Cork Con retain spine for bid to retain crown

Cork Constitution captain Niall Kenneally insists that his side will have to go back to square one as they aim to retain their Ulster Bank League crown in 2017/18.

Cork Con retain spine for bid to retain crown

Con claimed their first UBL title in seven years with a thrilling triumph over previous champions Clontarf at the Aviva Stadium last May, and also enjoyed final victories in the Munster Senior Cup, All-Ireland Cup and Cork Charity Cup during an unforgettable campaign.

Yet, because of how unpredictable the league has proven to be in recent seasons, Kenneally is aware that the Temple Hill men can’t afford to be complacent.

“Start again, back to square one. Every team says that they will try and win everything at the start of the year. We secured the Munster Senior Cup just after Christmas, and we were able to put that to bed,” Kenneally remarked.

“Then we could really focus on the All-Ireland Cup and the AIL. If you don’t concentrate on the Saturday every time in this league, you get beaten. There is no gap between top and bottom, everyone beats everyone. You see that with the fixtures, you couldn’t bet on this league because it is so unpredictable.”

Kenneally was speaking yesterday at the launch of the new Ulster Bank League season at Old Wesley RFC in Dublin, where he was joined by players from the remaining nine teams in Division 1A.

Con are expected to be one of the key challengers once again this term, and while he acknowledged that a number of players have left the squad in the off-season, he believes the spine of the team will not be affected.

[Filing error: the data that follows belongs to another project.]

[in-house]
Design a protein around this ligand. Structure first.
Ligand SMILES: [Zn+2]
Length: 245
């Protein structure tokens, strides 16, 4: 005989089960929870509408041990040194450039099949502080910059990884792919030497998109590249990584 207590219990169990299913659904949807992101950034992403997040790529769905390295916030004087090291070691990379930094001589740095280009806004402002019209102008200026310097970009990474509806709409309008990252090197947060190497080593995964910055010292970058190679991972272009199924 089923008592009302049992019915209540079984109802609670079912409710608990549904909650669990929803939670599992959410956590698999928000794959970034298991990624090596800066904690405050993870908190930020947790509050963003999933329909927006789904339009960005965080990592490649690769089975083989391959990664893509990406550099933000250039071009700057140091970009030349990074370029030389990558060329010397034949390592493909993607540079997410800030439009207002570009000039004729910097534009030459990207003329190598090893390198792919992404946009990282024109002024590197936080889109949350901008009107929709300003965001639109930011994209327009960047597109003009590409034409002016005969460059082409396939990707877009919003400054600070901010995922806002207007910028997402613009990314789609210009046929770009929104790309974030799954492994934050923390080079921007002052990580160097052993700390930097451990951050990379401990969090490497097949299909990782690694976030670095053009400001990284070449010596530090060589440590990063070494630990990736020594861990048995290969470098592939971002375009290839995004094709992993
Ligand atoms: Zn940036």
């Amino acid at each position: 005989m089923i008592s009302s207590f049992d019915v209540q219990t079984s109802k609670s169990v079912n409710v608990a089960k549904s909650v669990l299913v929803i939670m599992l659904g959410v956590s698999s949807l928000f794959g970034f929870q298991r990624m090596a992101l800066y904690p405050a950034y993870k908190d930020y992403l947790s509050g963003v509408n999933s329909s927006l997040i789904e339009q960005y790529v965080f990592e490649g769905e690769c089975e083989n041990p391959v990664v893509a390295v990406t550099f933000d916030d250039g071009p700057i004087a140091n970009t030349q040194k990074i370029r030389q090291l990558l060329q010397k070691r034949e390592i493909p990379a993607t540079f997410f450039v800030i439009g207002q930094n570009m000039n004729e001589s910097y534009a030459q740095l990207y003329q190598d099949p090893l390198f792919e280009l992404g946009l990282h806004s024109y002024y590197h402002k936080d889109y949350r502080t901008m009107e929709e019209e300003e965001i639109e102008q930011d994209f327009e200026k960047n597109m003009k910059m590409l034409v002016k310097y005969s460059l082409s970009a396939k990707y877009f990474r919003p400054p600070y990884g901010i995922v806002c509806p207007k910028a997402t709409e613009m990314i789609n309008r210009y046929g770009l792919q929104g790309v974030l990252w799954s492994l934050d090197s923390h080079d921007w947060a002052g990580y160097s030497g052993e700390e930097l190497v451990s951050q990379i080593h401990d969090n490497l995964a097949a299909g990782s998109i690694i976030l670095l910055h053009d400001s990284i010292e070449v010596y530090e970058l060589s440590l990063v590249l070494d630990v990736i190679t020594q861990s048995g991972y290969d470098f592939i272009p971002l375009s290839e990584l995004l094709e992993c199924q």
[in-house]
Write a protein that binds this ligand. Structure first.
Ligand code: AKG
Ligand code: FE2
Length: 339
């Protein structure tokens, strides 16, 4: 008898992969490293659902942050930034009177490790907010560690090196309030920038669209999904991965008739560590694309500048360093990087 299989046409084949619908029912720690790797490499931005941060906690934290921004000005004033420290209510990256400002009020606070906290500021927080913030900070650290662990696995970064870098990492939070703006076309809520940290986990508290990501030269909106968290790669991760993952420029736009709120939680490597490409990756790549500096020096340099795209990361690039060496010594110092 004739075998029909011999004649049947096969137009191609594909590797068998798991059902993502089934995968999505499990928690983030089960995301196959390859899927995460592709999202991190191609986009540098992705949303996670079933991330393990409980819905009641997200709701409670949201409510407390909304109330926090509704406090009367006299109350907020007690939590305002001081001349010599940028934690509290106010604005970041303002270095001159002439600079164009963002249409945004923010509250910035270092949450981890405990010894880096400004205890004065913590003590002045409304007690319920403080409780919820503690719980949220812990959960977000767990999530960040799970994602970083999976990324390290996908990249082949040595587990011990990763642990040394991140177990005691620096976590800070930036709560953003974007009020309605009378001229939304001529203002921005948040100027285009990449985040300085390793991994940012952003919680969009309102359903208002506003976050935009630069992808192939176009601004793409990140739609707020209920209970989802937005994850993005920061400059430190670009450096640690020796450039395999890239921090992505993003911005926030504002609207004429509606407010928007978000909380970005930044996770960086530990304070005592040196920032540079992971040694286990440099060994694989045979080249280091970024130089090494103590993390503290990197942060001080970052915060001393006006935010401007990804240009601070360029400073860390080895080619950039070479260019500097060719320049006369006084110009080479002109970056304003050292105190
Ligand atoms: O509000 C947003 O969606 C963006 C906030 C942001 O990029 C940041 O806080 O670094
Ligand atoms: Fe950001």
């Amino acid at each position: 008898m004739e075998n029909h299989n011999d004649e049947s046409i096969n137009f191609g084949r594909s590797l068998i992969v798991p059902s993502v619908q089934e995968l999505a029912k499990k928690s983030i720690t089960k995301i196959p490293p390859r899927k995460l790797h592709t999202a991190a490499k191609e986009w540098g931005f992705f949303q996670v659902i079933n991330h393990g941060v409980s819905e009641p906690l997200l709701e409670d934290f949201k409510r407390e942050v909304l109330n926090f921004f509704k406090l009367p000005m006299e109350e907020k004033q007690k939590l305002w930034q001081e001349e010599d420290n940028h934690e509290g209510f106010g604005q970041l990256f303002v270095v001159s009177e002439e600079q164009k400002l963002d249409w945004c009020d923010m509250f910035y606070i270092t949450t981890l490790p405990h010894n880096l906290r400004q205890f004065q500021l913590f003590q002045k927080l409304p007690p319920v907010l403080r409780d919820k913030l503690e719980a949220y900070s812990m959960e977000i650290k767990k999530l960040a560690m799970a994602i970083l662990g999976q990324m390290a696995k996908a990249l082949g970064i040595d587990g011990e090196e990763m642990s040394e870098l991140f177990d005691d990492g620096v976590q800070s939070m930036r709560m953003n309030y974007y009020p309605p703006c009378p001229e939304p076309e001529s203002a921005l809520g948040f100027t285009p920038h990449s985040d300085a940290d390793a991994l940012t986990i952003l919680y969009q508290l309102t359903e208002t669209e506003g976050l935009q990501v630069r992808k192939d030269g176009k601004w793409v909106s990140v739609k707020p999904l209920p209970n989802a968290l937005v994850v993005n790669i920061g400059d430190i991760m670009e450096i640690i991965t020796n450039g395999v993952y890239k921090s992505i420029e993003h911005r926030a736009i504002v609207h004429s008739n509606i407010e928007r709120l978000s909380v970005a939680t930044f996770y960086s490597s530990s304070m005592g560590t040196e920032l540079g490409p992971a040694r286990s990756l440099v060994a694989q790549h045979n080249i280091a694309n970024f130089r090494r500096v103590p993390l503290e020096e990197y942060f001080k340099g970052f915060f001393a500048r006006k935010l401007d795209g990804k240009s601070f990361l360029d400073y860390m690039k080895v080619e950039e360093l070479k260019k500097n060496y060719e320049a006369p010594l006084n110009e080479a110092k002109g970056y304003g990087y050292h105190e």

“A couple of guys have moved away, and a couple have come in, but the spine is the same. Rory Burke has gone to play professionally in Nottingham, and John Poland is playing with UCC. Gerry Hurley is back in his professional career in France. Craig Higgins and a couple of guys have come in.

“I don’t think we will be weakened necessarily, but the other side is that some guys are beginning to push with Munster. Sometimes you are victims of your own success because you see less and less of these guys as they do well. Part of you is happy that they are doing well, but the selfish part of you is that they will play for you.”

At 26 years of age, Kenneally’s sole focus as a rugby player is now on playing for Cork Con. However, he was previously a member of the Munster Academy himself, and made seven appearances for the province’s ‘A’ side in the British & Irish Cup.

After his time with the Red Army came to an end, he had offers to play professionally in France and England, but ultimately opted to combine domestic rugby with a new career path.

“I suppose the timing wasn’t great [at Munster]. Rob Penney would have been involved when I was brought in. Then when it was my time to graduate from the Academy, Penney was out and the new management team at the time then took charge of recruitment. Maybe they wouldn’t have seen the same amount of me as the previous administration did.

“The alternative option then was to go and ply your trade somewhere else. There were options on the table in France and the Championship. I suppose I would have been 23/24 at the time, and I decided just to focus on my career. I’m doing a Masters in structural engineering.

“I was able to get my competitive fix of the rugby playing with Con and by playing at a high level,” Kenneally added.

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